Where are You Putting Your Produce?
How much do you think you spend on fresh fruit and vegetables each week?
And do you know how to store your produce properly?
Storage is important; otherwise, you may be just wasting your money.
How many times have you had to clean unidentified brown slime out of the crisper drawer?
Well, we’re going to work on that today, with some tips on storing your produce properly. I’ve even made a cute little printable that you can get in the Library. If you’re a subscriber, you already have the password.
And if you’re not, what are you waiting for?
Classifying your Fruits and Vegetables
This isn’t an official thing as far as I know, but I tend to classify produce in terms of how long I can expect it to last. (And in terms of how long it will last, we’ll talk about how to choose it before you buy it later on.)
So, in general, I think of produce as one of three categories:
- Highly perishable, like berries
- Use it soon, like lettuce and tomatoes
- Good for a while, like potatoes and onions
This classification can help you decide how often to buy certain things as well as how long you can expect them to last once you buy them.
How to Choose Produce
I could probably do a lengthy article just on choosing fruits and vegetables alone. This will just be a general guide, for the most part.
First, where you buy your produce makes a difference.
You can tell which grocery stores have the best produce (and probably the best meat, too).
You may pay a higher price, but you are usually getting better quality.
That might be worth it for something more perishable, but for things like potatoes, it’s not necessary.
I find most grocery stores have acceptable produce. If you have one of those “discount” fruit stands near you that sells everything for really low prices, you probably know that you need to use it very quickly in order for it to still be good.
Second, the condition of your produce makes a difference, especially the softer, more fragile items. Look for bruises, cuts, soft or brown spots, and mold.
For watermelons, look for ones that are evenly shaped all around. It doesn’t matter if they’re round or sort of long. Darker green ones are better, and if you see tan markings almost like webbing like on a cantaloupe, that’s a good sign. That means that the bees have been visiting, which means a sweet melon.
Storing Your Produce
Going back to our classification system, generally the more perishable the item, the cooler the storage.
So berries, lettuce, cucumbers, grapes, and most herbs belong in the refrigerator. You can put the herbs in a jar of water if you want, but most are fine just in the bag.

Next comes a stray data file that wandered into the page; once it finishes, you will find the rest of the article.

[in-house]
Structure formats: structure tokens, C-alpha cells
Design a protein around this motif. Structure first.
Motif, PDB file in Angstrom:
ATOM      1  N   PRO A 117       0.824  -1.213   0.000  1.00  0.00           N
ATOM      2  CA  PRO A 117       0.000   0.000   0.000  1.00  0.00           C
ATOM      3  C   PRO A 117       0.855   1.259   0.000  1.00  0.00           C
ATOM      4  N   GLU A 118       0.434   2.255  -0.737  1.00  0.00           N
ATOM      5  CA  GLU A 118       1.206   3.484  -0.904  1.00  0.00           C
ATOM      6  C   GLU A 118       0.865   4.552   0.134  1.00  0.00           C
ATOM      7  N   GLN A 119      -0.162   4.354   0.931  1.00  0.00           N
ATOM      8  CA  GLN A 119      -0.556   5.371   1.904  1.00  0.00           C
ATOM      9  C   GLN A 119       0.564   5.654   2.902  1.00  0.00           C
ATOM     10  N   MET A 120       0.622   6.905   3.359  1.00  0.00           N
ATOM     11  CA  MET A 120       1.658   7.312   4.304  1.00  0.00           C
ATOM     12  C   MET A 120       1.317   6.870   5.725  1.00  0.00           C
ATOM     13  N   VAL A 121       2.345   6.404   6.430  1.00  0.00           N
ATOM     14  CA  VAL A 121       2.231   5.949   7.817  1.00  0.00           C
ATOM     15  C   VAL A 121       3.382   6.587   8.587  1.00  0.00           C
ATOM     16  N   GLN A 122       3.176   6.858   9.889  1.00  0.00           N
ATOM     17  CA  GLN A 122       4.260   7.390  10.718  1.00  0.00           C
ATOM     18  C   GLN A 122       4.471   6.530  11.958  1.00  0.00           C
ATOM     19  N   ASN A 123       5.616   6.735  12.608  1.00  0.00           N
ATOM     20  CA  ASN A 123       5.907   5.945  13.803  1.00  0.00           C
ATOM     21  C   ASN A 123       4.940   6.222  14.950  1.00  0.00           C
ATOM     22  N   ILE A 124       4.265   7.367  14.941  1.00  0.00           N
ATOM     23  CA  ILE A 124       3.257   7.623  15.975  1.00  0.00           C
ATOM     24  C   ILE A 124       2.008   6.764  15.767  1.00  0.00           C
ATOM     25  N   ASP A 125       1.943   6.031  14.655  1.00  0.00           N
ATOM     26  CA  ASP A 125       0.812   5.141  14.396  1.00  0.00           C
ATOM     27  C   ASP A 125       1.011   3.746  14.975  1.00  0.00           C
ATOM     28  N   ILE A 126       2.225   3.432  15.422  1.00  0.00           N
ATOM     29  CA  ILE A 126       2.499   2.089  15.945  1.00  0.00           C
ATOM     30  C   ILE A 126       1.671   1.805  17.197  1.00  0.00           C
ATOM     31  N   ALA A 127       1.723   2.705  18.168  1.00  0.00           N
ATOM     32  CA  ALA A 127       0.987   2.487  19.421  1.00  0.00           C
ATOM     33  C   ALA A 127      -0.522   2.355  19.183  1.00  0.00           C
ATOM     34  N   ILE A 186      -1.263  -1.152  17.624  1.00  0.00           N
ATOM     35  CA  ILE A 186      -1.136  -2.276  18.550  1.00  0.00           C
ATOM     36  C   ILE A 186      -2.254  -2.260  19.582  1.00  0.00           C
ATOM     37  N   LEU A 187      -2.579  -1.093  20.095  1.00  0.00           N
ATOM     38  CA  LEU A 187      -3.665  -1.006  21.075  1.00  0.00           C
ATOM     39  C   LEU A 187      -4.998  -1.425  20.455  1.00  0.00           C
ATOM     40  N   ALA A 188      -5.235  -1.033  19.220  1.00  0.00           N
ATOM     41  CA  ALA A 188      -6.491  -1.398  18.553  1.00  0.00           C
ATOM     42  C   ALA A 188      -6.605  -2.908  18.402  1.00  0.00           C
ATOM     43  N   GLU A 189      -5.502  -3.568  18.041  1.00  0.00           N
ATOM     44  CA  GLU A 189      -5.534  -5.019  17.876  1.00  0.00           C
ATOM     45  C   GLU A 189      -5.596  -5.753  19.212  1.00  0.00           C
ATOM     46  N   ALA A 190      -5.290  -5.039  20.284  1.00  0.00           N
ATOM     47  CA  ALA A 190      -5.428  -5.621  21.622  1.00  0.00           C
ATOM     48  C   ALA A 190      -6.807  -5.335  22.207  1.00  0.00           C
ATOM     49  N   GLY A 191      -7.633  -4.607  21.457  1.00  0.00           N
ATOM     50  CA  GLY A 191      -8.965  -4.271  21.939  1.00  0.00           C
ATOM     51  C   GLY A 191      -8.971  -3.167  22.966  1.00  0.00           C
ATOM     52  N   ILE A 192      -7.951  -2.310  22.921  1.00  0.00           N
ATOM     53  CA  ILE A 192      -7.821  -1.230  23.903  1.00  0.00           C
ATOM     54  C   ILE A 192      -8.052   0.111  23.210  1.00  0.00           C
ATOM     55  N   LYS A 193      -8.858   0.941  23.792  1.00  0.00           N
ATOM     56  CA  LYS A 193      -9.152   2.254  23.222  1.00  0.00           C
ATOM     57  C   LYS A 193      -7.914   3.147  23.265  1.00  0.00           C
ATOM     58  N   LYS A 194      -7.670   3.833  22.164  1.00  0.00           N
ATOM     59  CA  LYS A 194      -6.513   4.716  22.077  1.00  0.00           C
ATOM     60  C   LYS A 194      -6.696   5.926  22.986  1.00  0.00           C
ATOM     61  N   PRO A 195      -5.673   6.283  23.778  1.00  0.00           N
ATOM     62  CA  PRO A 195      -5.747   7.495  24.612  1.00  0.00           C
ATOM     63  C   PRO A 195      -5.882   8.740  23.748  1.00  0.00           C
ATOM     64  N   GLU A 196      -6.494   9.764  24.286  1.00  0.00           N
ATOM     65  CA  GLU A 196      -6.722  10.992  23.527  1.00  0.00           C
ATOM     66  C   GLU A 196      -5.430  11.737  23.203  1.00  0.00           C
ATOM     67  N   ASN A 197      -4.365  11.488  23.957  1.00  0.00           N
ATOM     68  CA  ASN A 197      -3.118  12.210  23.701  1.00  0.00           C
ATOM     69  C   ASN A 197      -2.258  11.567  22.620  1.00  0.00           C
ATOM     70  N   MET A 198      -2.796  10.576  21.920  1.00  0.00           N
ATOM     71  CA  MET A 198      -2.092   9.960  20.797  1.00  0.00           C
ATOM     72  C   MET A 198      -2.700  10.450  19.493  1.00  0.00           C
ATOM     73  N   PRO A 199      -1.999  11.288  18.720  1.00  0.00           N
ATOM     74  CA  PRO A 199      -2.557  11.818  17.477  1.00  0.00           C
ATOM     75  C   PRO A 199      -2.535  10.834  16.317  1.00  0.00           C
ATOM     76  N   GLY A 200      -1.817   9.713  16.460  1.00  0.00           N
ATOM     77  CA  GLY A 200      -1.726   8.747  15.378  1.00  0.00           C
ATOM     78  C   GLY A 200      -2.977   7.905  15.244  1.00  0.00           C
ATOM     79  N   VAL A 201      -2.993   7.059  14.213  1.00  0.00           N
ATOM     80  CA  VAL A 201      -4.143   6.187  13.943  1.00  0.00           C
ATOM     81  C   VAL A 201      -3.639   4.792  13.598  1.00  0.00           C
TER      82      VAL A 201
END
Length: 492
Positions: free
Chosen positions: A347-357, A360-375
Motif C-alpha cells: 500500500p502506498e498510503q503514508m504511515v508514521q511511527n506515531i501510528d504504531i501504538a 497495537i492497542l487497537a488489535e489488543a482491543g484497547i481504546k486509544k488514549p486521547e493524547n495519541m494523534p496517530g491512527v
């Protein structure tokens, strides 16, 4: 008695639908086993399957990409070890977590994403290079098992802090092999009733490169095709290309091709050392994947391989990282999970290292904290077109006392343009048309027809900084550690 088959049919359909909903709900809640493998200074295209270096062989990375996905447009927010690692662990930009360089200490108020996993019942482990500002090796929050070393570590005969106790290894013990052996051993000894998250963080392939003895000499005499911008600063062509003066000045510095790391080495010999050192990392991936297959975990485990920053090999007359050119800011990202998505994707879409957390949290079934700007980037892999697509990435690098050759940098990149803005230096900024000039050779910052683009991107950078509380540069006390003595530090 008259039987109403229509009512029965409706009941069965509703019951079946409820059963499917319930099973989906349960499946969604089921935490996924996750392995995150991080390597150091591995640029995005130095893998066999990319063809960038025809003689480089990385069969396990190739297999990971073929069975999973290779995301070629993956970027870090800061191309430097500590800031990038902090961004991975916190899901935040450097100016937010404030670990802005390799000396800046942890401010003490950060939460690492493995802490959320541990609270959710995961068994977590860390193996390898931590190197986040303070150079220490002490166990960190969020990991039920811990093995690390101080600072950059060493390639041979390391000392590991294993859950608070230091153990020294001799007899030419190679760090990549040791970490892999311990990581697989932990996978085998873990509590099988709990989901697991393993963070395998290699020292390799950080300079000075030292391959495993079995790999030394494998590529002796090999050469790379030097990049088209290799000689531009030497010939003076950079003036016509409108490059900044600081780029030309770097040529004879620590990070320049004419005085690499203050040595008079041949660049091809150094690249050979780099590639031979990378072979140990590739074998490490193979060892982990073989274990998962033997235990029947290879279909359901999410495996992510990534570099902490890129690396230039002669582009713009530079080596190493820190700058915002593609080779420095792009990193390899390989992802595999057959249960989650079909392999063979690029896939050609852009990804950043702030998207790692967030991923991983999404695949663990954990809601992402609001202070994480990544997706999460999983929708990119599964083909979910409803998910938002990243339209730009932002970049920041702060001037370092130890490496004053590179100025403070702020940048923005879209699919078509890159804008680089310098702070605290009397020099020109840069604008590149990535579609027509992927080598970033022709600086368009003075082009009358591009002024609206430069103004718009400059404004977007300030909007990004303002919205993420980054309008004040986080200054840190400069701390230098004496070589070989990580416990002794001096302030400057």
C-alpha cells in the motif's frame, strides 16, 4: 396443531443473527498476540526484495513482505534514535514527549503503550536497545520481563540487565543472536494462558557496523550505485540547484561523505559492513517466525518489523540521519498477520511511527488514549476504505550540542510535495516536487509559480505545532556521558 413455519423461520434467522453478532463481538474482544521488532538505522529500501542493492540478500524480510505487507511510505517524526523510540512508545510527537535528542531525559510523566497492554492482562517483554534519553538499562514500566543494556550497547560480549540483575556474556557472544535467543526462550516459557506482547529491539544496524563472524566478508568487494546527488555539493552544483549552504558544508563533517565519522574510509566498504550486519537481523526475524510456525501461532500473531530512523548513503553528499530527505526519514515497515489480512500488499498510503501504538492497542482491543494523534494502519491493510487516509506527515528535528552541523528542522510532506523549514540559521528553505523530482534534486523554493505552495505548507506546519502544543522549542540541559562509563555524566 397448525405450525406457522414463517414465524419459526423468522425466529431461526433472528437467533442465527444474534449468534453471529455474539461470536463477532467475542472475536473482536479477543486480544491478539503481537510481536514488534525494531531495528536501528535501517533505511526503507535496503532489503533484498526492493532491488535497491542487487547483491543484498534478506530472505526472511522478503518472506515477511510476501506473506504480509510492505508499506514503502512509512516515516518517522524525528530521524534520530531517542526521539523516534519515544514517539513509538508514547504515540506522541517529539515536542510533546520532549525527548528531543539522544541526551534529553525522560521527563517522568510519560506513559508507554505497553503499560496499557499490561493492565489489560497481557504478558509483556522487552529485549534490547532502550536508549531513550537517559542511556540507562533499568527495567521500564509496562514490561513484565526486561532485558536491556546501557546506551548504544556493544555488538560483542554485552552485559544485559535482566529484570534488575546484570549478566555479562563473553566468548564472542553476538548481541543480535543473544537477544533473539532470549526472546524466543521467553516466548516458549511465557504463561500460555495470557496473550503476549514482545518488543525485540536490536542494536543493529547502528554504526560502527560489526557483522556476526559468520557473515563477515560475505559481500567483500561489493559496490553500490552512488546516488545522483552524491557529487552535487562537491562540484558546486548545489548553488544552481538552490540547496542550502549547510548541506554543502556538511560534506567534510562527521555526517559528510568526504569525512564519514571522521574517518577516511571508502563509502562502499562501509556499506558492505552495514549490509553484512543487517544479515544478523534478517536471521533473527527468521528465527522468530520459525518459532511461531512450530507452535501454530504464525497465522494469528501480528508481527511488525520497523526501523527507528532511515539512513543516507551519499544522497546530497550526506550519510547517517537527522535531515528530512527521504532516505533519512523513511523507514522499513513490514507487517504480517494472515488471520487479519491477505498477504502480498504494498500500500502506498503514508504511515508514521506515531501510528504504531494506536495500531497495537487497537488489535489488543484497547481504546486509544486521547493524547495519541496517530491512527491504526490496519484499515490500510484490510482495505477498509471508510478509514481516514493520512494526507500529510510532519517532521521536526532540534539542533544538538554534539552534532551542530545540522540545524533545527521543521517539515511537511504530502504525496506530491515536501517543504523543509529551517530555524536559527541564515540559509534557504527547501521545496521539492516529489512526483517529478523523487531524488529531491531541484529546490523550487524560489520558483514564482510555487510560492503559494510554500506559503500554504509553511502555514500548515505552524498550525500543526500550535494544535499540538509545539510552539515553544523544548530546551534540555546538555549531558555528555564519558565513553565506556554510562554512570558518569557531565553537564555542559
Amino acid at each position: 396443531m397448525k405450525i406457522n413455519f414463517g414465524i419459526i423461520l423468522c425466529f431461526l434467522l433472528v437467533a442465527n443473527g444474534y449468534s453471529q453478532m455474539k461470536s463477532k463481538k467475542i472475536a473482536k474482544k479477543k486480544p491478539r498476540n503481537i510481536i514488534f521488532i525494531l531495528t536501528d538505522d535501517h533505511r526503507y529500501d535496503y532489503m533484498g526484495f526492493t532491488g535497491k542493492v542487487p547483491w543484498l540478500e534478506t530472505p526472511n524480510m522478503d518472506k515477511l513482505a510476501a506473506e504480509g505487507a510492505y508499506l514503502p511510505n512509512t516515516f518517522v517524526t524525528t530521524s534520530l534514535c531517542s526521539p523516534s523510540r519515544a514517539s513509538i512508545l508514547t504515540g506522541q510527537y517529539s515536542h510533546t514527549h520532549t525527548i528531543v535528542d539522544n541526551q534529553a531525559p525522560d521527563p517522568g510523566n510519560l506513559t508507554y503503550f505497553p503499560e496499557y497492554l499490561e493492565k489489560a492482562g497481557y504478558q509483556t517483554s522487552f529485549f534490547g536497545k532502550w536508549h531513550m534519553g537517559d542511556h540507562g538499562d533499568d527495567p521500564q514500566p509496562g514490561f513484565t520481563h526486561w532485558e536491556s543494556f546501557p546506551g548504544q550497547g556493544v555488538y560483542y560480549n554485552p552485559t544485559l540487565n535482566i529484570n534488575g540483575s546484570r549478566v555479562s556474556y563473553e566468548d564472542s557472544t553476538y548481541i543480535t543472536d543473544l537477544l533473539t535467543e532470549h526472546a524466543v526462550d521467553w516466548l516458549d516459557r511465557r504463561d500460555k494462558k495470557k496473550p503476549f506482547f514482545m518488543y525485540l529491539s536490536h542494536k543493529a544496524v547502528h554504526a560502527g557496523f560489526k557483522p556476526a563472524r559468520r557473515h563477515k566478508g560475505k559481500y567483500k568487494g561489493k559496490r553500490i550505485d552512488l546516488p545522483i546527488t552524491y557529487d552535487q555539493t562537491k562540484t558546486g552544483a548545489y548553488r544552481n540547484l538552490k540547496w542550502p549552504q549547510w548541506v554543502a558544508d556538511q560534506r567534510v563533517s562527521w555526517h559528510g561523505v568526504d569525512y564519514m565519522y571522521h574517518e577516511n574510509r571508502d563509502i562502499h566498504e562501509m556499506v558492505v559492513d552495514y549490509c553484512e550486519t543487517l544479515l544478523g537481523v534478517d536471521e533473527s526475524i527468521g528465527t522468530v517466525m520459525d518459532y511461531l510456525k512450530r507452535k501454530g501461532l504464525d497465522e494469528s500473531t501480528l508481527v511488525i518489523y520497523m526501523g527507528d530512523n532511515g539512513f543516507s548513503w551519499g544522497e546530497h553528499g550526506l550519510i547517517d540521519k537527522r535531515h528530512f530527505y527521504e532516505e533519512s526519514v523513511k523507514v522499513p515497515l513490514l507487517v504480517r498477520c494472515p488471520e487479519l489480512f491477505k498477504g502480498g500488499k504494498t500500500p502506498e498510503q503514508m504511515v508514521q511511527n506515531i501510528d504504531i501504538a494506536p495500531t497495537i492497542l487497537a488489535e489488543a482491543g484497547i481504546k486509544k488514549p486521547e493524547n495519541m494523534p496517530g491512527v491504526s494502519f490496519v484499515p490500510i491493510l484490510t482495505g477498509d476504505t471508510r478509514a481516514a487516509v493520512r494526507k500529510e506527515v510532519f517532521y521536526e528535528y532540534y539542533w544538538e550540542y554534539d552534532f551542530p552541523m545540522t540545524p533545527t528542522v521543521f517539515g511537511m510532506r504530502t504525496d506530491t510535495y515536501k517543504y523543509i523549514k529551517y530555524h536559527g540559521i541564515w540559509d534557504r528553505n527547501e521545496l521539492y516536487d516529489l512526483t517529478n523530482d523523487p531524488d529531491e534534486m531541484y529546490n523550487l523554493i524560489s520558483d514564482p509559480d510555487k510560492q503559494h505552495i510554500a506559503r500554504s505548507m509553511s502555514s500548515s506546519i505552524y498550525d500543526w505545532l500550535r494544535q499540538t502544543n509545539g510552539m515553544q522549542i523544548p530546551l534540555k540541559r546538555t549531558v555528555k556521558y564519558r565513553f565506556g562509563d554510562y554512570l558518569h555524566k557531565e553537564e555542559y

I wash my berries and grapes in cold water with a splash or two of white vinegar in it. The vinegar kills any bacteria on them and keeps them fresh longer.
Then I drain them, and store them in storage bags in the refrigerator. I leave the bag open a bit for air circulation.
A lot of fruits and vegetables, like tomatoes, bananas, lemons, and limes will do just fine on the counter. I have a big bowl on mine with whatever we happen to have around.
By the way, avocados are fine on the counter until they ripen; then you can store them in the fridge.
Potatoes, onions, and garlic should be stored at room temperature, preferably in a darker area, like your pantry. (Although no one ever shuts my pantry door except me, so I have no idea how my potatoes and onions are surviving.)
Onions and potatoes don’t like to be stored together, so put them on opposite sides or different shelves of the pantry.
And if you want to keep your potatoes from sprouting, put an apple in the bag with them. Just check on the apple once in a while; it will go bad before the potatoes.
What to do with All that Produce
I love to cook, but I hate to measure things.
I’ve always wanted to write a food blog, but people would expect things like how many cups or teaspoons of that, and I couldn’t tell them.
So you get the benefit instead. Sort of. There are still no measurements, and the times may be fluid.
Roasted Brussels Sprouts
Bake the bacon on a sheet pan at 400 for about 18 minutes.
Let it cool and crumble it.
On a clean sheet pan, add the Brussels sprouts. Drizzle some olive oil on them. Roast them at 400 for 30 – 45 minutes. (That’s what the recipe said that I looked up; I don’t remember it taking that long. Use your judgement. I told you this wasn’t a food blog.)
About 5 minutes before you remove them from the oven, drizzle them with good Balsamic vinegar.
Once they come out of the oven, sprinkle the bacon over them. You can also shave some Parmesan on them too. Please, no powdered stuff from the can.
Potatoes Au Gratin
White potatoes and sweet potatoes (if you want) sliced thinly. The white ones don’t need to be peeled, but the sweet potatoes probably should be.
Cream – no substitution
Gruyere cheese – you can use something else, like Cheddar, if you want. The cheese should be grated.
Thyme – fresh or dried
Note: this is how I’ve always made potatoes au gratin. I got my daughter Chrissy Teigen’s cookbook for Christmas and she had basically the same recipe. The sweet potatoes, Gruyere, and thyme are her ideas.
Spray a 9 x 11 pan with non stick spray. Pre-heat the oven to 375.
Add the potatoes; white on one side, sweet on the other lengthwise.
Add the cheese, thyme, and salt and pepper to taste.
Toss slightly; just enough to distribute the cheese and seasonings without mixing the potatoes together.
Dot with butter.
Bake for 35 – 45 minutes until potatoes are done and top is browned.
Some Extra Help
How would you like some free printables and sheets to help you plan meals, make your grocery list, and more?
They’re all in the Resource Library. Just fill out the form below to get free access!